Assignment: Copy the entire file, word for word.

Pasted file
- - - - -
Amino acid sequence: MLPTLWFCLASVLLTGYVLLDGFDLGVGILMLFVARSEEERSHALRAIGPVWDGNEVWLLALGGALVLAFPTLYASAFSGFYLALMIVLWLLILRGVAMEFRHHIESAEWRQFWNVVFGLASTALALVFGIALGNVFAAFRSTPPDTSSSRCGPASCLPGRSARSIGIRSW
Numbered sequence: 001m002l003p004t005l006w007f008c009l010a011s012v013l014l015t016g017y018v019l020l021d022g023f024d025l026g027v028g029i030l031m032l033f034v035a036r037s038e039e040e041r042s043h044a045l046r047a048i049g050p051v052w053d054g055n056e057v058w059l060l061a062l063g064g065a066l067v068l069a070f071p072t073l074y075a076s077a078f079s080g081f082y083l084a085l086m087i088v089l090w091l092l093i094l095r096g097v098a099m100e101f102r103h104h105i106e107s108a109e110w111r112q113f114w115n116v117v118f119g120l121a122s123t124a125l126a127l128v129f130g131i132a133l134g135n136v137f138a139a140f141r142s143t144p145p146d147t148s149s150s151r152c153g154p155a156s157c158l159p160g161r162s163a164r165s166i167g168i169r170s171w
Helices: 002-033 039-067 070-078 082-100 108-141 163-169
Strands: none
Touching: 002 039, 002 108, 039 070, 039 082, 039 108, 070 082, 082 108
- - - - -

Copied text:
Amino acid sequence: MLPTLWFCLASVLLTGYVLLDGFDLGVGILMLFVARSEEERSHALRAIGPVWDGNEVWLLALGGALVLAFPTLYASAFSGFYLALMIVLWLLILRGVAMEFRHHIESAEWRQFWNVVFGLASTALALVFGIALGNVFAAFRSTPPDTSSSRCGPASCLPGRSARSIGIRSW
Numbered sequence: 001m002l003p004t005l006w007f008c009l010a011s012v013l014l015t016g017y018v019l020l021d022g023f024d025l026g027v028g029i030l031m032l033f034v035a036r037s038e039e040e041r042s043h044a045l046r047a048i049g050p051v052w053d054g055n056e057v058w059l060l061a062l063g064g065a066l067v068l069a070f071p072t073l074y075a076s077a078f079s080g081f082y083l084a085l086m087i088v089l090w091l092l093i094l095r096g097v098a099m100e101f102r103h104h105i106e107s108a109e110w111r112q113f114w115n116v117v118f119g120l121a122s123t124a125l126a127l128v129f130g131i132a133l134g135n136v137f138a139a140f141r142s143t144p145p146d147t148s149s150s151r152c153g154p155a156s157c158l159p160g161r162s163a164r165s166i167g168i169r170s171w
Helices: 002-033 039-067 070-078 082-100 108-141 163-169
Strands: none
Touching: 002 039, 002 108, 039 070, 039 082, 039 108, 070 082, 082 108